AW2 Veteran Bryan Anderson spoke to Booz Allen Hamilton employees in McLean, VA, November 9.
The best part of my job in supporting AW2, is when I actually get to speak to a Soldier, Veteran, or Family member. I am overwhelmed by their strength—a strength to begin their lives anew after unimaginable hardships. This week, I had the privilege of attending a discussion on “Taking Advantage of Opportunities and Overcoming Challenges” by AW2 Veteran Bryan Anderson.
Bryan is an Iraq War Veteran and one of a few surviving triple amputees. I was able to hear Bryan’s inspiring story spoken from his heart with honesty and humor.
He enlisted in the Army in April 2001 and his actual ‘ship out’ date was September 11, 2001. He and the other recruits huddled up by a TV that day. Eventually, they boarded a bus to basic training. Bryan was assigned to the Military Police and gained law enforcement experience at Leavenworth Federal Penitentiary. In March 10, 2003, he was sent to Iraq with his team. Although not afraid to do their jobs, as they had been well-trained, a fear of the unknown lingered among them.
When Bryan crossed the charred border and through the shattered wall into Iraq, he saw women and children cheering for their convoy, and he knew they needed to help these people.
“It was the most incredible thing to see a third world country — hundreds of people living in mud huts. We focused on helping people.”
Bryan completed his first tour and expected to not be deployed again or to have at least a year off. He celebrated with his friends back in the United States, which ended up including a late night group bonding nipple piercing party.
“It hurt so much. I’d rather get blown up again.”
After being home for four months, he found out he would deploy again in four months. He was told things had gotten worse in Iraq because of improvised explosive devices (IEDs). When he heard his first IED, it was earsplitting, “you could feel it throughout your whole body.” Within a six mile radius, around 60 IEDs would go off during the course of any given day.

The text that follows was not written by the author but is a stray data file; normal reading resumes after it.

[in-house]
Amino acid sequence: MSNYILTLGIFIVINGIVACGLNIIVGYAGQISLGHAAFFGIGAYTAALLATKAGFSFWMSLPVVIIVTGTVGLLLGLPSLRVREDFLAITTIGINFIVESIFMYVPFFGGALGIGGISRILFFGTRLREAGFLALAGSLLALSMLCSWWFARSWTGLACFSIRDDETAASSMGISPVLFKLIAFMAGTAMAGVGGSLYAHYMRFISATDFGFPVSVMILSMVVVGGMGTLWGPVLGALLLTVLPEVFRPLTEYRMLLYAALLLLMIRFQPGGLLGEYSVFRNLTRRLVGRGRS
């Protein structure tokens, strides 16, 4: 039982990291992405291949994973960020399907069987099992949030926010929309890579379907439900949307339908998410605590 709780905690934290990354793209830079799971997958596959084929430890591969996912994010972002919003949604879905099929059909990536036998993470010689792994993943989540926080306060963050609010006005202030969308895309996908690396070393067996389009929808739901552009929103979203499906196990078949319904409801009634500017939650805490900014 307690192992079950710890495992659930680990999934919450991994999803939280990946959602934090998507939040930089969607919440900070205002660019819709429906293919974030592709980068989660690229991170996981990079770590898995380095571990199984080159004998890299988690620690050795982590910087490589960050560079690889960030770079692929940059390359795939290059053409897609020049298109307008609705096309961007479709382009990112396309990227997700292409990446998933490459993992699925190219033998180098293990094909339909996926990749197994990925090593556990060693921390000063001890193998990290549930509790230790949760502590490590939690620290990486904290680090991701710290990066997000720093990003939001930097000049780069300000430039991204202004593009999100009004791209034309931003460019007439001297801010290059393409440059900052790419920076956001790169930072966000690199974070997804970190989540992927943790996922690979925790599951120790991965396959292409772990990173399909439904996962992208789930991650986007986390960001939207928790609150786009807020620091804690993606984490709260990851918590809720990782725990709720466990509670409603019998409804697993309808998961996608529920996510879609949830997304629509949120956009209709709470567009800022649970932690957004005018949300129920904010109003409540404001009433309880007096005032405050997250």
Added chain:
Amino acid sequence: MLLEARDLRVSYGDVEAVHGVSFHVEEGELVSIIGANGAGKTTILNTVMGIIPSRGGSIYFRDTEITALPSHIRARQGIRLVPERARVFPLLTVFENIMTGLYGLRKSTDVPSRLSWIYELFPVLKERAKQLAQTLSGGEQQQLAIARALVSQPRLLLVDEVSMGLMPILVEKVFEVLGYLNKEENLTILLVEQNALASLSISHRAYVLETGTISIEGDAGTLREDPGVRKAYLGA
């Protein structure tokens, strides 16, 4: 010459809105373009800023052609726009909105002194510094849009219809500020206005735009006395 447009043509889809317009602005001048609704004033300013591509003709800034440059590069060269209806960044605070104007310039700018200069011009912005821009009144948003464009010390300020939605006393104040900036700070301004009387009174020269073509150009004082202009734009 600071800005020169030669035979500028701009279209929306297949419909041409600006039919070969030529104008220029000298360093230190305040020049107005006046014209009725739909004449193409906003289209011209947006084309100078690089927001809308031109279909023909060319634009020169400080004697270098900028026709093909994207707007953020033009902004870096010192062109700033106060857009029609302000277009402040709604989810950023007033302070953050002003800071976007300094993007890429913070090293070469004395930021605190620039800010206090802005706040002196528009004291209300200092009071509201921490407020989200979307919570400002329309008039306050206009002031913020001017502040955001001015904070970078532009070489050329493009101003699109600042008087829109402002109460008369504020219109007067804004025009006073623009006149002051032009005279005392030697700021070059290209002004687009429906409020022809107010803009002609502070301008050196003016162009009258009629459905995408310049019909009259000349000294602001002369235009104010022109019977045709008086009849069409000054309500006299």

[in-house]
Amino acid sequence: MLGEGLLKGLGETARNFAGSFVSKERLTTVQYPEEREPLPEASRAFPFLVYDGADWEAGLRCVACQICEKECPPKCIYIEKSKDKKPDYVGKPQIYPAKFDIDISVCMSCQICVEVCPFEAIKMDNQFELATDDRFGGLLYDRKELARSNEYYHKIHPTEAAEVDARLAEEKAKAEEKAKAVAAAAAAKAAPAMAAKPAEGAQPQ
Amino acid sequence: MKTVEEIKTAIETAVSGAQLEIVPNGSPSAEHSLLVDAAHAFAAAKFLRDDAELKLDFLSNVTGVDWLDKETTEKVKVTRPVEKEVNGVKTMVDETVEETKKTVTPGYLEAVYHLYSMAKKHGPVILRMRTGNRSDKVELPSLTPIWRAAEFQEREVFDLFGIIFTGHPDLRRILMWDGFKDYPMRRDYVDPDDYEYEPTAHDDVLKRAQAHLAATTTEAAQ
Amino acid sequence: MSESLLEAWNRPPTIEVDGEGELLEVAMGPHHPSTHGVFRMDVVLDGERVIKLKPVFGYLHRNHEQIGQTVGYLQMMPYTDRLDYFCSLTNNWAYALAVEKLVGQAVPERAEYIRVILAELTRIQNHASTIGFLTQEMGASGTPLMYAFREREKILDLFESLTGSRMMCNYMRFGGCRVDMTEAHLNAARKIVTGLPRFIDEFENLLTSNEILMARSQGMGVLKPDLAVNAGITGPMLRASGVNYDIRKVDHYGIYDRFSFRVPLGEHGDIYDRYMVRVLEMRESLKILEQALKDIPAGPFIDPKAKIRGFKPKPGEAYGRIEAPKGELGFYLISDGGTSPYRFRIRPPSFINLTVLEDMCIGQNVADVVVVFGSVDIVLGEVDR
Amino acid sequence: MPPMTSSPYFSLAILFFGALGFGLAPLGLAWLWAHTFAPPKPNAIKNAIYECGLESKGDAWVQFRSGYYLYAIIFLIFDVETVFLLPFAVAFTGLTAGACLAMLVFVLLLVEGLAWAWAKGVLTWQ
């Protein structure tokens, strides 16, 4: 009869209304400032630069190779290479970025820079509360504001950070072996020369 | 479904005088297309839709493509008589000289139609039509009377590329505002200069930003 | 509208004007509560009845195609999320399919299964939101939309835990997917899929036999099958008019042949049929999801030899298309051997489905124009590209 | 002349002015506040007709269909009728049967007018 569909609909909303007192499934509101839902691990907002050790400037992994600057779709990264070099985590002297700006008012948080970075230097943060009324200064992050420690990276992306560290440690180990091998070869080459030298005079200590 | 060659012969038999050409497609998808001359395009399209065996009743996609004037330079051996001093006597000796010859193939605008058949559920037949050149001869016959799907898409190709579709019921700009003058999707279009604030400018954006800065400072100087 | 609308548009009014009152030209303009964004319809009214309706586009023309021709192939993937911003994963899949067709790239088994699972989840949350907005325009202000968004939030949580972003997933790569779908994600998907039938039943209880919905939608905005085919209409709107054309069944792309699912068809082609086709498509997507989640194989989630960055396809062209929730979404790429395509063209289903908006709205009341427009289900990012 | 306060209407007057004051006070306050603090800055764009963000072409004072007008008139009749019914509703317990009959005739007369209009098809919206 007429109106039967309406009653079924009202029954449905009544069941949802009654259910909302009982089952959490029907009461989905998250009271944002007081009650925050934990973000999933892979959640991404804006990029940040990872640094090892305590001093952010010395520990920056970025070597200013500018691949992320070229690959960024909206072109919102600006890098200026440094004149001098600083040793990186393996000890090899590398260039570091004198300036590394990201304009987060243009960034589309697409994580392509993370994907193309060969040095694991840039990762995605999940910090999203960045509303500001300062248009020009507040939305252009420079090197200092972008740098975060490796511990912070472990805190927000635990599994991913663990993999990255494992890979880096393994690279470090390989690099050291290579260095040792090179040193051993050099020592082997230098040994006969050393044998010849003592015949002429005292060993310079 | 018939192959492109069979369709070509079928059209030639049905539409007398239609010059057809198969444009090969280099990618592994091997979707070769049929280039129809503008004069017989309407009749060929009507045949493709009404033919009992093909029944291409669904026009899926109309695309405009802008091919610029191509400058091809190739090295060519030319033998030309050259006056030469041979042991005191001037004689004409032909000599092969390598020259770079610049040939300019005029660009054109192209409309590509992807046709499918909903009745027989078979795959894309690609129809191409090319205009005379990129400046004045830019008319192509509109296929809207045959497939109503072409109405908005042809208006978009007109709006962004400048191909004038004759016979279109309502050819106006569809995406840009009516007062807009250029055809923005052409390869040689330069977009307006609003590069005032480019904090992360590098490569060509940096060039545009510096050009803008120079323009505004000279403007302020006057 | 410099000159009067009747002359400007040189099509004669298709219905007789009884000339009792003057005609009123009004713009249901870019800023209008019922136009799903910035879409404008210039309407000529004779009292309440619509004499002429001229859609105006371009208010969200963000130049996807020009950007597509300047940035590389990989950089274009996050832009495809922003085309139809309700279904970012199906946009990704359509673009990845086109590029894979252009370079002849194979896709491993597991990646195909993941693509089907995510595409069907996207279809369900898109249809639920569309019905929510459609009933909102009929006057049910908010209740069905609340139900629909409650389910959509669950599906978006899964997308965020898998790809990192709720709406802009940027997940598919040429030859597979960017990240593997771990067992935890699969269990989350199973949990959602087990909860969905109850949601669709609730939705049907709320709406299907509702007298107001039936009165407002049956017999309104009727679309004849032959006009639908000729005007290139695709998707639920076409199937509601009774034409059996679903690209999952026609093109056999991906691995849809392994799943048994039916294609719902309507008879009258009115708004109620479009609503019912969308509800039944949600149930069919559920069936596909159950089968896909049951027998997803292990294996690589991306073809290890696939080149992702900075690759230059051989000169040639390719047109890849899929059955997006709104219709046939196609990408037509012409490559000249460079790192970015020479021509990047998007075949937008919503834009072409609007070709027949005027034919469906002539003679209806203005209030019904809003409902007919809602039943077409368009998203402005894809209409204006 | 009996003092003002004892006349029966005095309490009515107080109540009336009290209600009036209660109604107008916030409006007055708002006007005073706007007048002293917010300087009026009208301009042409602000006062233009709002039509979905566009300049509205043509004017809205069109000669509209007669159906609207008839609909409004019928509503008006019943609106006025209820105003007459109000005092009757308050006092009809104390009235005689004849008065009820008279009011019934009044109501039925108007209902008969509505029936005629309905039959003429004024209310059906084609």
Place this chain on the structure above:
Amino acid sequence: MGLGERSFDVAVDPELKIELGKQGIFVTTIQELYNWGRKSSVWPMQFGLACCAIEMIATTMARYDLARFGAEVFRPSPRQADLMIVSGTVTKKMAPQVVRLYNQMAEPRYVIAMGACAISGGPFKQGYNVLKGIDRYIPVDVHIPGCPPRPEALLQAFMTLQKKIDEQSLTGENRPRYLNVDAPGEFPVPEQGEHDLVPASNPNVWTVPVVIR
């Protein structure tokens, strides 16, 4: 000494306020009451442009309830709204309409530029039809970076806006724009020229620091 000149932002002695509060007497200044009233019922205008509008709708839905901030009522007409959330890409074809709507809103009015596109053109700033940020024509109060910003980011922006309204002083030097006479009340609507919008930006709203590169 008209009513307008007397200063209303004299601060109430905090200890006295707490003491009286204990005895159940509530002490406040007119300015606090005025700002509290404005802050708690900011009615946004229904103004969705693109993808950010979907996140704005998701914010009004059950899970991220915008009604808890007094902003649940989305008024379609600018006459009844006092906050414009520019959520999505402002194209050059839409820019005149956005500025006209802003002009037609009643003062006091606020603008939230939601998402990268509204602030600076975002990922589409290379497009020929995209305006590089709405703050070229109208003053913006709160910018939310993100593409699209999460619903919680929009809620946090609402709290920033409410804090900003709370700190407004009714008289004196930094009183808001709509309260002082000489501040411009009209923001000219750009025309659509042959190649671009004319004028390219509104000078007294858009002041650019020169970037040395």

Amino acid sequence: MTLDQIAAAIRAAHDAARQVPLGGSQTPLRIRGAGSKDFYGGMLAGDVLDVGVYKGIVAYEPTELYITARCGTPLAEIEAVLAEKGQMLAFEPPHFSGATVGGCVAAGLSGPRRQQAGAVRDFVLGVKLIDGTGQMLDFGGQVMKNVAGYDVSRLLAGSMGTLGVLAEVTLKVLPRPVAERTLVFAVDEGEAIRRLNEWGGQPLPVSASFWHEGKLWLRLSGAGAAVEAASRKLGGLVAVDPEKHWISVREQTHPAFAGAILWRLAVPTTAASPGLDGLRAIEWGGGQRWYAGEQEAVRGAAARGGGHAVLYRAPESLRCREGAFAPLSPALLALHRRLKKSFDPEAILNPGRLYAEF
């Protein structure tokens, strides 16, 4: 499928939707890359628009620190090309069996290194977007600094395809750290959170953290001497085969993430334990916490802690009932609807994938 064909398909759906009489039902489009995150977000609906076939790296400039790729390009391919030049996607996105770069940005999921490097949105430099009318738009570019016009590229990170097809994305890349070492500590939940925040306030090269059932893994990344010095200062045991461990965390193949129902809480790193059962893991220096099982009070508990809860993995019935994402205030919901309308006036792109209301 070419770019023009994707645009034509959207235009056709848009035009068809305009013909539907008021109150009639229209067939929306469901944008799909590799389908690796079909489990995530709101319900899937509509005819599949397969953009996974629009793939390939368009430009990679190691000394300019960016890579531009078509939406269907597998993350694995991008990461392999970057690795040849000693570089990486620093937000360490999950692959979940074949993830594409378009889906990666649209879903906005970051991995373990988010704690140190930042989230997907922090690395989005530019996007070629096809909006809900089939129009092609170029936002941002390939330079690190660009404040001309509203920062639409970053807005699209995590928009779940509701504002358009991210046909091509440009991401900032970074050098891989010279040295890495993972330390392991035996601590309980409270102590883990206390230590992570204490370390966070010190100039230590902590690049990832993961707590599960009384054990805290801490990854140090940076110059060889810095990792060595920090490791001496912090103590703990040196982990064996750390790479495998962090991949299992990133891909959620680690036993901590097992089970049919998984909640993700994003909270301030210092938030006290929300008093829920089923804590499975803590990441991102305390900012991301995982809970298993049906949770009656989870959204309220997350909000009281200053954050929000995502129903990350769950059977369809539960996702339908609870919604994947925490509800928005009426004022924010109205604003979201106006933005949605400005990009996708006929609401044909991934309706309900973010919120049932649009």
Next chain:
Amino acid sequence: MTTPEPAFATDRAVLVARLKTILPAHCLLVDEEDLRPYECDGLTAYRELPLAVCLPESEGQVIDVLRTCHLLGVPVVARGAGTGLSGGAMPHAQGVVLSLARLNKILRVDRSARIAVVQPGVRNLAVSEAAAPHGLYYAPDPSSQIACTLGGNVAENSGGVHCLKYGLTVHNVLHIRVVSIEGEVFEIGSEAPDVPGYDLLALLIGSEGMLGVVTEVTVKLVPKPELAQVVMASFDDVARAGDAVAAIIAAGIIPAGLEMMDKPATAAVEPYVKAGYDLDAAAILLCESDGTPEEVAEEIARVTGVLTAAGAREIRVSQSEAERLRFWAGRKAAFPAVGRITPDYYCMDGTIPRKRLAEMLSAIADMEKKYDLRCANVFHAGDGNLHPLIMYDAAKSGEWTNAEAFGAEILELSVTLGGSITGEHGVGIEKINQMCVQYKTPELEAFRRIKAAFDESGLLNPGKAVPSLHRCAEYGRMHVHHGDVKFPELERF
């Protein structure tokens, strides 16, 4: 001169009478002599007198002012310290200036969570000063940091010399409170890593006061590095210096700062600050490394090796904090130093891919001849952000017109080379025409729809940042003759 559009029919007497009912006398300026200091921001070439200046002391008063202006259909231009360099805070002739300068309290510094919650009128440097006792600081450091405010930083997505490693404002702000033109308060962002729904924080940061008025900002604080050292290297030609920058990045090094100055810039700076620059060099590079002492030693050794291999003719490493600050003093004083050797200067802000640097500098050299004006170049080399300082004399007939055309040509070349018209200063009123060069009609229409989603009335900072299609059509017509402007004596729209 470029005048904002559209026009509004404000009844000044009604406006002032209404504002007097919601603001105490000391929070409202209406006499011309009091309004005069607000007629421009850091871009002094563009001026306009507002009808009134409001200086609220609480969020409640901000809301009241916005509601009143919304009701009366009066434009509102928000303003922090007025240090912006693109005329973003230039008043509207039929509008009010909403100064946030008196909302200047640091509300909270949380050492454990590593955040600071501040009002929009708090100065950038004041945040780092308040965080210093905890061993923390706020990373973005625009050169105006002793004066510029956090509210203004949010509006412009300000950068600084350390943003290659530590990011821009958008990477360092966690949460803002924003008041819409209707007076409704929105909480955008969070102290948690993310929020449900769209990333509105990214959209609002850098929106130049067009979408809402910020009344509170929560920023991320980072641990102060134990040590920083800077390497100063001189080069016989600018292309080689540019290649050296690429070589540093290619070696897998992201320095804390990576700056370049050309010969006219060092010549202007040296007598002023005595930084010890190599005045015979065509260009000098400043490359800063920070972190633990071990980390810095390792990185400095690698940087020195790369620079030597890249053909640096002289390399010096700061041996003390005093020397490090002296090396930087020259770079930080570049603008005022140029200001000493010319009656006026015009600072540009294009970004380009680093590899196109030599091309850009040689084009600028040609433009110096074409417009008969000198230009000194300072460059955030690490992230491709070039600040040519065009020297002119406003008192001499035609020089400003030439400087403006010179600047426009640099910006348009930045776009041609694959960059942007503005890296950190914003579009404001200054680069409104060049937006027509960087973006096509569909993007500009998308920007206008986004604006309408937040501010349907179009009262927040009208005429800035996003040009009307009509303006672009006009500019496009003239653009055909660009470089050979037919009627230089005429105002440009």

On October 23, 2005, Bryan was driving in a convoy when his High Mobility Multipurpose Wheeled Vehicle (Humvee) was hit by an IED. His legs and arm were detached from his body immediately, and his torso was turned around in his seat.
“I saw a flash and didn’t hear anything. Then I saw smoke and asked if everyone was ok. I didn’t get an answer. I saw green.”
The explosion had turned Bryan’s body around and he was facing the Humvee seat. His team had left the Humvee to stop the convoy and returned for him. They were shocked at his condition and took him to safety. Bryan knew they were “freaking out” but didn’t know why yet. He saw that he was missing a tip of a finger and knew that couldn’t be it. He went to wipe his face with his other hand and saw that his arm was not there. Then he got a glimpse of where his legs should have been and his friends pulled him back from looking at his injuries.
“I knew that must be it.”
Bryan made a joke about wondering if he would ever enjoy the company of a woman again and eased his friends’ worries. They all laughed and knew he was still with them. He was evacuated and woke up in Walter Reed Army Medical Center with his Family by his side a week later and thought, “I missed the whole flight back home. That’s awesome!”